Central Oregon Community College has made more than $4 million in cuts in its $93.4 million 2019-20 budget, partly because college administrators expect another year of declining enrollment.

However, COCC students next year may avoid paying a planned new $3-per-credit fee if the state Legislature follows through on its current $640.9 million funding plan for Oregon community colleges. The updated funding would give the schools nearly $100 million more over the 2019-21 biennium than in Gov. Kate Brown’s proposed budget, which would’ve given community colleges collectively $543 million.

COCC spokesman Ron Paradis said if the proposed funding is approved, COCC would get $750,000 more state funding each year of the biennium than anticipated.

David Dona, COCC’s chief financial officer, said legislators’ new plan could save the college from making more drastic budget cuts in future years.

“Had the state not come through in the 12th hour, this would’ve been the last year where we could’ve done incremental adjustments,” he said. “We would’ve had to go in and look at start reducing programs and services. We’re down to the bone.”

The funding bill is being discussed in the Joint Committee on Ways & Means, the Legislature’s budget writing committee. It could be sent to the House by late next week.

About five full-time equivalent positions will be eliminated in the 2019-20 school year, according to Dona.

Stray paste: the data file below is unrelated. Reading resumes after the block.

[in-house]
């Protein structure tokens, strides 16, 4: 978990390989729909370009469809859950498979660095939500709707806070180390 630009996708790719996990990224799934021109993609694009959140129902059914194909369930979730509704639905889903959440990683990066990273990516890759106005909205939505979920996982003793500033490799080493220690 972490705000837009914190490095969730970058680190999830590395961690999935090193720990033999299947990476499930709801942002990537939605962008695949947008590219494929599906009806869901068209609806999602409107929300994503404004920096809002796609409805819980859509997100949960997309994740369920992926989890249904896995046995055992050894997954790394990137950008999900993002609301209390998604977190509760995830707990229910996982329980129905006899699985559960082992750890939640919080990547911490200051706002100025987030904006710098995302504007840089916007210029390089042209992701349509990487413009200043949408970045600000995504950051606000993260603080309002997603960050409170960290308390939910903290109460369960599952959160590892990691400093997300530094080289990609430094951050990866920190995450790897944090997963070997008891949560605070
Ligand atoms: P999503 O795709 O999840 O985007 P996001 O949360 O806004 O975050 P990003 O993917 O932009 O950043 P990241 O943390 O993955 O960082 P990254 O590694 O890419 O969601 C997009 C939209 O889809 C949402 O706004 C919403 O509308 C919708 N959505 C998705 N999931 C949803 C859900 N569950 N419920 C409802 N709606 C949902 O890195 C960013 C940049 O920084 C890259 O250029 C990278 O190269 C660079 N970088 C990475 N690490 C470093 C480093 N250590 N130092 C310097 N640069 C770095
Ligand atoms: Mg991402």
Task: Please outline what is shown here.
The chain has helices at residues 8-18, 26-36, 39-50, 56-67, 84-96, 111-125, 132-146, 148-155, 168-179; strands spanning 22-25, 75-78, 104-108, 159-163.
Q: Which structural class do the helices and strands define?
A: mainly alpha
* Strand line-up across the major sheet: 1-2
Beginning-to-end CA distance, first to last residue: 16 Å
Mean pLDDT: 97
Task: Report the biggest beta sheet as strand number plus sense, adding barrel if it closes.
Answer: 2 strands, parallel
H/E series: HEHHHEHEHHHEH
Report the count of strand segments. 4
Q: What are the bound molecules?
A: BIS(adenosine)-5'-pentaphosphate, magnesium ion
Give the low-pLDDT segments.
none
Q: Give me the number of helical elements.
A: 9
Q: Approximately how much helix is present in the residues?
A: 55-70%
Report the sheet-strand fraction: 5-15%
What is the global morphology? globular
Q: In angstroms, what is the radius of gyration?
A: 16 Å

He added that this doesn’t necessarily mean layoffs — some employees who are retiring or moving to a different department won’t have their old jobs filled.

Last school year, COCC got rid of more than seven full-time positions in a similar fashion.

Dona added that fewer part-time and adjunct faculty members will be hired in the 2019-20 school year, as COCC anticipates a 5% drop in enrollment, resulting in fewer classes needing to be taught.

The expected enrollment drop — which would make 2019-20 the seventh straight year of falling enrollment at COCC — would also likely affect the amount of federal grants COCC will receive. According to Dona, fewer and fewer students have been applying for Pell grants, which help low-income students cover tuition costs. That is the main reason why the college has trimmed about $4.3 million from its financial aid expenditures.

COCC has also cut about $1.3 million from its capital projects fund, although Dona said that is a result of recent construction projects wrapping up and former bonds being paid off.

Like many Oregon public organizations, COCC faces rising costs as a result of the Public Employees Retirement System. A new PERS rate for COCC’s employees added $800,000 in expenses to the budget, Dona said.

Although the college is expecting another year of declining state aid — COCC has budgeted for $7.5 million in state grants for 2019-20, compared to $8.3 million last year — it makes up for that with an anticipated increase in property tax and tuition revenue. COCC plans to take in $17.8 million in property taxes, an increase of more than $1.2 million from last year. And partially due to a 7% tuition hike starting next school year, the college expects to take in roughly $17.7 million in tuition fees, $663,00 more than in the 2018-19 school year.

Dona predicted that COCC’s free-falling enrollment will end soon, however, as some Oregon community colleges have already reported a turnaround in student population. Typically, community college enrollment is highest when the economy is weak.

— Reporter: 541-617-7854, jhogan@bendbulletin.com

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